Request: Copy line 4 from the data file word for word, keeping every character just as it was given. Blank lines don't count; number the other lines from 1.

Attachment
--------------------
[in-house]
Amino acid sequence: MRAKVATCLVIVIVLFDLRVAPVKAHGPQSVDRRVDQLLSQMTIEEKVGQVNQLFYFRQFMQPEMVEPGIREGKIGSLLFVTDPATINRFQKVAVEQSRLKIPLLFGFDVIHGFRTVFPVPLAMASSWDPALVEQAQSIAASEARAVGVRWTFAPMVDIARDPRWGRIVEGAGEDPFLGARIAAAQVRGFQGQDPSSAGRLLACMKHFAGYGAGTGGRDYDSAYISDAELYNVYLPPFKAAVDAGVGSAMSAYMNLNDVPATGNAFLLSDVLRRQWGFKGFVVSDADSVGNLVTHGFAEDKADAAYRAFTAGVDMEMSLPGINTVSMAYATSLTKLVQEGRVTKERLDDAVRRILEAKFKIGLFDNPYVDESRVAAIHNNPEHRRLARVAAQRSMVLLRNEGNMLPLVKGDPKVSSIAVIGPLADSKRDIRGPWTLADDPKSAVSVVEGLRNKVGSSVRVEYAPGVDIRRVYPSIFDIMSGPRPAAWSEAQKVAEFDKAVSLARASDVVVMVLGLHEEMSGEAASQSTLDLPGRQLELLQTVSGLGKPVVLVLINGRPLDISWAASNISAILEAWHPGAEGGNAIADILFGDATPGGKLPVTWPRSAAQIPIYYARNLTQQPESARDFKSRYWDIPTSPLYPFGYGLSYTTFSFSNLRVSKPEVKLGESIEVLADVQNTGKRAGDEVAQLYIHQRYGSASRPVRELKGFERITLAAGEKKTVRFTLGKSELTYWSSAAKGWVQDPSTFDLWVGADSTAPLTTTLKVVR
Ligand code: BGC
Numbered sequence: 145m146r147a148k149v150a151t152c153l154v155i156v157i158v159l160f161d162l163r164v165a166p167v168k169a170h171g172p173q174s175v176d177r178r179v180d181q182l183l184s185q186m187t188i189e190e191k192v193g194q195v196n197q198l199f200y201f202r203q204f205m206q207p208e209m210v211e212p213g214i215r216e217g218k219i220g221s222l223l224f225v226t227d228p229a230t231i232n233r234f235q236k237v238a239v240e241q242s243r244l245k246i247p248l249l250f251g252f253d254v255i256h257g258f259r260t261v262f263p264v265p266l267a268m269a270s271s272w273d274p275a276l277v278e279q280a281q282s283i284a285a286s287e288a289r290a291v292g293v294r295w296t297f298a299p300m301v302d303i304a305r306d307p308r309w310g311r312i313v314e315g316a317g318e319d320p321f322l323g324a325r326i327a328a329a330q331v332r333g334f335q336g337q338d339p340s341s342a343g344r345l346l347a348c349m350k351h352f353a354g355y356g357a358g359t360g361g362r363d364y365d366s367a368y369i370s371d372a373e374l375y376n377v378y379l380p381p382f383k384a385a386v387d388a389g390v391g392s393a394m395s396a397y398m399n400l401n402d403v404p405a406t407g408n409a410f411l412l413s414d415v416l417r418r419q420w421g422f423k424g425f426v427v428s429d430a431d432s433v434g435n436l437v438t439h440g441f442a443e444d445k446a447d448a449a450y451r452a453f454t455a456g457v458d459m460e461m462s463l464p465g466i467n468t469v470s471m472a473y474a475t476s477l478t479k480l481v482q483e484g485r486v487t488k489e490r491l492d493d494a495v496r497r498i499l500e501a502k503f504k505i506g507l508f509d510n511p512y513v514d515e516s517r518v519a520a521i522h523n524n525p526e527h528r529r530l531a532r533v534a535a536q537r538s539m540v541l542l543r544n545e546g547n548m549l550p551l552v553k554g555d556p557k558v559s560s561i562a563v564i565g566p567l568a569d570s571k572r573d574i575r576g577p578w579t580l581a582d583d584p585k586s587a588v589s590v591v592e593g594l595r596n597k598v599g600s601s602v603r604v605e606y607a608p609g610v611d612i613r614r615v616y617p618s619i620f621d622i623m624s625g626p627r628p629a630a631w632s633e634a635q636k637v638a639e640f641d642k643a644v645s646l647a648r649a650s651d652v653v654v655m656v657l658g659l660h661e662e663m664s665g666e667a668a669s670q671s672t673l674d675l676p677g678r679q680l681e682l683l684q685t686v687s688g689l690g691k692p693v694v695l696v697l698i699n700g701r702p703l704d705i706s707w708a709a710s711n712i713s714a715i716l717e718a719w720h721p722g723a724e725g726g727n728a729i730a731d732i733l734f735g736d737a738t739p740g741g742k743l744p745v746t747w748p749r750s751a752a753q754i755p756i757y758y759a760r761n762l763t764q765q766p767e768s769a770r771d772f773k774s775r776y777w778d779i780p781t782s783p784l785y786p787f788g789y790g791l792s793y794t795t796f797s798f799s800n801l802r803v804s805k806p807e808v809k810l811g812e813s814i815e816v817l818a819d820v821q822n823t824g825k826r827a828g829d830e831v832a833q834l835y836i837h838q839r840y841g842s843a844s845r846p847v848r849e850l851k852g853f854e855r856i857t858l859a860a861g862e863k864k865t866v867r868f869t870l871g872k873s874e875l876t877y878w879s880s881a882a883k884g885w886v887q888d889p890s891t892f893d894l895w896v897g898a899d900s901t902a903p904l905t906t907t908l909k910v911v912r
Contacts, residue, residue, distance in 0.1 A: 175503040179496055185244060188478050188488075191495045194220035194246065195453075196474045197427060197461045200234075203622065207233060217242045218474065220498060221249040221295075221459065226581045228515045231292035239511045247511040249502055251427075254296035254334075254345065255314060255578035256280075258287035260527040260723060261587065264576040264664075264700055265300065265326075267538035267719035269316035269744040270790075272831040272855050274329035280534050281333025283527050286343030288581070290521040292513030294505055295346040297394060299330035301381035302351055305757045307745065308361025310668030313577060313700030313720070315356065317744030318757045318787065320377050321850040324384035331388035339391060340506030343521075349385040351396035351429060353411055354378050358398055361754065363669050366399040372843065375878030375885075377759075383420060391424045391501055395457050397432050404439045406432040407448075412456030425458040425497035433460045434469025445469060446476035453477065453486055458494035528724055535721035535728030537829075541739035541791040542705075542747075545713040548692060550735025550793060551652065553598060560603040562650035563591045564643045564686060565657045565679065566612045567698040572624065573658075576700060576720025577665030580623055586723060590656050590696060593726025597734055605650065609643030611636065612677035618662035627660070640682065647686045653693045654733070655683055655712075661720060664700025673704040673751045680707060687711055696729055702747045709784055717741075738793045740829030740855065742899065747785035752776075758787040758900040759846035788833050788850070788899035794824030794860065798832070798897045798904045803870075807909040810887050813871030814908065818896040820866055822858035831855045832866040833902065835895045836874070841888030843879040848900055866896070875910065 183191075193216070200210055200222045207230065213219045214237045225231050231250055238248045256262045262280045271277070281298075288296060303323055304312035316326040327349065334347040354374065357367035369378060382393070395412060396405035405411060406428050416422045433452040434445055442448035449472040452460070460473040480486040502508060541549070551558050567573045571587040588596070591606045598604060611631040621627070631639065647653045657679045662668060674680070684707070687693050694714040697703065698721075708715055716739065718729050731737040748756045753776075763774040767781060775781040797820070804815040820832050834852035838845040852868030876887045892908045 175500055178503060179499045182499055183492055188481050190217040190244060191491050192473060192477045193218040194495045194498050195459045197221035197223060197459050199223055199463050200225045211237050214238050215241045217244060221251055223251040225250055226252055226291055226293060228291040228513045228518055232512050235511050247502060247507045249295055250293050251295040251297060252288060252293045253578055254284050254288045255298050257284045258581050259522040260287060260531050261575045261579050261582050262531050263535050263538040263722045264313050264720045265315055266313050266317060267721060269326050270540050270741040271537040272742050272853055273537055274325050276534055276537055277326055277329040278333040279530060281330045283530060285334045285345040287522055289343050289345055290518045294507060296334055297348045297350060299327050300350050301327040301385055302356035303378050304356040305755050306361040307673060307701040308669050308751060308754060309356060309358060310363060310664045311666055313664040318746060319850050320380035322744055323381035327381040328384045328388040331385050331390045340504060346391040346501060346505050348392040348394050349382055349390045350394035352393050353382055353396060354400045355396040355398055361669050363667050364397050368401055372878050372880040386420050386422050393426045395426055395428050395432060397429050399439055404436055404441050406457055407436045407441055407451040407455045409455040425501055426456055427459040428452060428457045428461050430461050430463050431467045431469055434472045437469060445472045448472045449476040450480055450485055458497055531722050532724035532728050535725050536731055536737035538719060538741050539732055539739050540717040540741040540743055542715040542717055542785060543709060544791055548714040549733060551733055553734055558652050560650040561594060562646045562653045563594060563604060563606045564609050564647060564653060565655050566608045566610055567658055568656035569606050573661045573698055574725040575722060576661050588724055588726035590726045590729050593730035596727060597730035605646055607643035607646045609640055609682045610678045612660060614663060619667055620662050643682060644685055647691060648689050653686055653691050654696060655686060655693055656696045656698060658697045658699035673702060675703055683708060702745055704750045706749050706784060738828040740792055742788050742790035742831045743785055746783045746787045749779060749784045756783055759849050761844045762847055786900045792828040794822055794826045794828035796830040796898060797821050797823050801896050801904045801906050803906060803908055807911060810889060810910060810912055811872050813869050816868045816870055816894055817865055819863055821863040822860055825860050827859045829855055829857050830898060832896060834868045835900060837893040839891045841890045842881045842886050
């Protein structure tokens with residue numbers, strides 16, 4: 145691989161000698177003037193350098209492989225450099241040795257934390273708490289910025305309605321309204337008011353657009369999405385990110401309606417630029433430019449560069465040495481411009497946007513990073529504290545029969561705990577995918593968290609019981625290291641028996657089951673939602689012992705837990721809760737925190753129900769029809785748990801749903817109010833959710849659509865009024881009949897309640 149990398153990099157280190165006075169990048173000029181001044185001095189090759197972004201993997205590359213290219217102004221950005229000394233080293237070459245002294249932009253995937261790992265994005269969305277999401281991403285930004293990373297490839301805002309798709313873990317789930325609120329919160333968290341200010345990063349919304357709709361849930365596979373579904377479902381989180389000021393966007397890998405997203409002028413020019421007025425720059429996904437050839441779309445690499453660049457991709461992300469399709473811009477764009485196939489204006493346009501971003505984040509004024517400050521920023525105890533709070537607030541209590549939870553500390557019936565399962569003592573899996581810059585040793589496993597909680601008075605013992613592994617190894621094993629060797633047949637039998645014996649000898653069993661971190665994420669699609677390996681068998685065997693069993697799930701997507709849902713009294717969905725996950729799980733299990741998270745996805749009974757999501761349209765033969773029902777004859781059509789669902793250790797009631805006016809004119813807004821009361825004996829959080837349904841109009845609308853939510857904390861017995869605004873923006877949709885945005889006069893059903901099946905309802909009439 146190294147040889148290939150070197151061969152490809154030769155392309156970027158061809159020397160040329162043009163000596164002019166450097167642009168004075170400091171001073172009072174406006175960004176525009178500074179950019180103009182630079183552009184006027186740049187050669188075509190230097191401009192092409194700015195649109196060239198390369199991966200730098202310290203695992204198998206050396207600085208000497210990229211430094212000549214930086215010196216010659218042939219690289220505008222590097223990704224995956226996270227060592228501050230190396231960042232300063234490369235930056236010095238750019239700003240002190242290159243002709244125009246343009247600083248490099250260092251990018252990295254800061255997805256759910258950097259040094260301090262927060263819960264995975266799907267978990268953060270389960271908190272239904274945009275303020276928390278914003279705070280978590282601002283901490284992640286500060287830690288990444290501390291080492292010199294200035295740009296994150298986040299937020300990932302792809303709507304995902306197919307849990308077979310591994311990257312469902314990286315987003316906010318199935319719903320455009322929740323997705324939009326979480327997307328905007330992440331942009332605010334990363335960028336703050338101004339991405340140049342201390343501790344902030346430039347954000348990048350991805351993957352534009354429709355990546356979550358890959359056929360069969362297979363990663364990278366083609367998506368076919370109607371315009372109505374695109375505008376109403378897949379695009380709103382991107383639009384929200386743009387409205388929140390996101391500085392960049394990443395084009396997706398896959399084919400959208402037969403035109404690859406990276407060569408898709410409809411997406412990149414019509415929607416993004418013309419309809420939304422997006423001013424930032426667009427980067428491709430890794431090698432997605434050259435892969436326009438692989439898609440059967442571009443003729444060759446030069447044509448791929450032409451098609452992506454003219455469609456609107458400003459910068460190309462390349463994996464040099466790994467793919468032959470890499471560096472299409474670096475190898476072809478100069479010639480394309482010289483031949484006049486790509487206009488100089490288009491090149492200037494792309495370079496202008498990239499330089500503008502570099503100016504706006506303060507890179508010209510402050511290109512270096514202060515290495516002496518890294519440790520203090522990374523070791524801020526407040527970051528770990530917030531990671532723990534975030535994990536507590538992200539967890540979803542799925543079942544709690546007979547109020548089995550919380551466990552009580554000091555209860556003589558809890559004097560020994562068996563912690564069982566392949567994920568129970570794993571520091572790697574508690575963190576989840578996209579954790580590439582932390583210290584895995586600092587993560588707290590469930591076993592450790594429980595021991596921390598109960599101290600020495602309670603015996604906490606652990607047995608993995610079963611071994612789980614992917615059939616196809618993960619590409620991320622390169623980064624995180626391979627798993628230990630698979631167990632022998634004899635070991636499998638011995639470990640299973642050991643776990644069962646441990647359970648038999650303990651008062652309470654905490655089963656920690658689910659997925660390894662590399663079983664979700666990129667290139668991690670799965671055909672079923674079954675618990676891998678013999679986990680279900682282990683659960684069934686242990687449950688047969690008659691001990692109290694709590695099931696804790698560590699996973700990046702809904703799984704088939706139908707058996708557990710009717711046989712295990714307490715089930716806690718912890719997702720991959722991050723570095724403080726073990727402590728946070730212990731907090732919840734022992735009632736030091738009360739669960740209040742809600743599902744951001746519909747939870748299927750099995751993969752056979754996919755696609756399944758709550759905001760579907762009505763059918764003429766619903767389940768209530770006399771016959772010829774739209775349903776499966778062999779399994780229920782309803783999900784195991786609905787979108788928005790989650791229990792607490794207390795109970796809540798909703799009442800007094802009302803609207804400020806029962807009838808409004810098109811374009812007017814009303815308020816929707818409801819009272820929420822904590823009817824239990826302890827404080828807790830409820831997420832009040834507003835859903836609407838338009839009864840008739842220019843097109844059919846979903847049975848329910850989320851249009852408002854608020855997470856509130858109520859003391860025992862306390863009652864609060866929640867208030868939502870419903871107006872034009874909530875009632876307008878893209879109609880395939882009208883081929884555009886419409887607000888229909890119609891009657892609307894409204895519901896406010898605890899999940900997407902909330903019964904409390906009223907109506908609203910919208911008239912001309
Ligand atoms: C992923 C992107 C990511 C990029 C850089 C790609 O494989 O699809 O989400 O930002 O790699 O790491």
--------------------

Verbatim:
Numbered sequence: 145m146r147a148k149v150a151t152c153l154v155i156v157i158v159l160f161d162l163r164v165a166p167v168k169a170h171g172p173q174s175v176d177r178r179v180d181q182l183l184s185q186m187t188i189e190e191k192v193g194q195v196n197q198l199f200y201f202r203q204f205m206q207p208e209m210v211e212p213g214i215r216e217g218k219i220g221s222l223l224f225v226t227d228p229a230t231i232n233r234f235q236k237v238a239v240e241q242s243r244l245k246i247p248l249l250f251g252f253d254v255i256h257g258f259r260t261v262f263p264v265p266l267a268m269a270s271s272w273d274p275a276l277v278e279q280a281q282s283i284a285a286s287e288a289r290a291v292g293v294r295w296t297f298a299p300m301v302d303i304a305r306d307p308r309w310g311r312i313v314e315g316a317g318e319d320p321f322l323g324a325r326i327a328a329a330q331v332r333g334f335q336g337q338d339p340s341s342a343g344r345l346l347a348c349m350k351h352f353a354g355y356g357a358g359t360g361g362r363d364y365d366s367a368y369i370s371d372a373e374l375y376n377v378y379l380p381p382f383k384a385a386v387d388a389g390v391g392s393a394m395s396a397y398m399n400l401n402d403v404p405a406t407g408n409a410f411l412l413s414d415v416l417r418r419q420w421g422f423k424g425f426v427v428s429d430a431d432s433v434g435n436l437v438t439h440g441f442a443e444d445k446a447d448a449a450y451r452a453f454t455a456g457v458d459m460e461m462s463l464p465g466i467n468t469v470s471m472a473y474a475t476s477l478t479k480l481v482q483e484g485r486v487t488k489e490r491l492d493d494a495v496r497r498i499l500e501a502k503f504k505i506g507l508f509d510n511p512y513v514d515e516s517r518v519a520a521i522h523n524n525p526e527h528r529r530l531a532r533v534a535a536q537r538s539m540v541l542l543r544n545e546g547n548m549l550p551l552v553k554g555d556p557k558v559s560s561i562a563v564i565g566p567l568a569d570s571k572r573d574i575r576g577p578w579t580l581a582d583d584p585k586s587a588v589s590v591v592e593g594l595r596n597k598v599g600s601s602v603r604v605e606y607a608p609g610v611d612i613r614r615v616y617p618s619i620f621d622i623m624s625g626p627r628p629a630a631w632s633e634a635q636k637v638a639e640f641d642k643a644v645s646l647a648r649a650s651d652v653v654v655m656v657l658g659l660h661e662e663m664s665g666e667a668a669s670q671s672t673l674d675l676p677g678r679q680l681e682l683l684q685t686v687s688g689l690g691k692p693v694v695l696v697l698i699n700g701r702p703l704d705i706s707w708a709a710s711n712i713s714a715i716l717e718a719w720h721p722g723a724e725g726g727n728a729i730a731d732i733l734f735g736d737a738t739p740g741g742k743l744p745v746t747w748p749r750s751a752a753q754i755p756i757y758y759a760r761n762l763t764q765q766p767e768s769a770r771d772f773k774s775r776y777w778d779i780p781t782s783p784l785y786p787f788g789y790g791l792s793y794t795t796f797s798f799s800n801l802r803v804s805k806p807e808v809k810l811g812e813s814i815e816v817l818a819d820v821q822n823t824g825k826r827a828g829d830e831v832a833q834l835y836i837h838q839r840y841g842s843a844s845r846p847v848r849e850l851k852g853f854e855r856i857t858l859a860a861g862e863k864k865t866v867r868f869t870l871g872k873s874e875l876t877y878w879s880s881a882a883k884g885w886v887q888d889p890s891t892f893d894l895w896v897g898a899d900s901t902a903p904l905t906t907t908l909k910v911v912r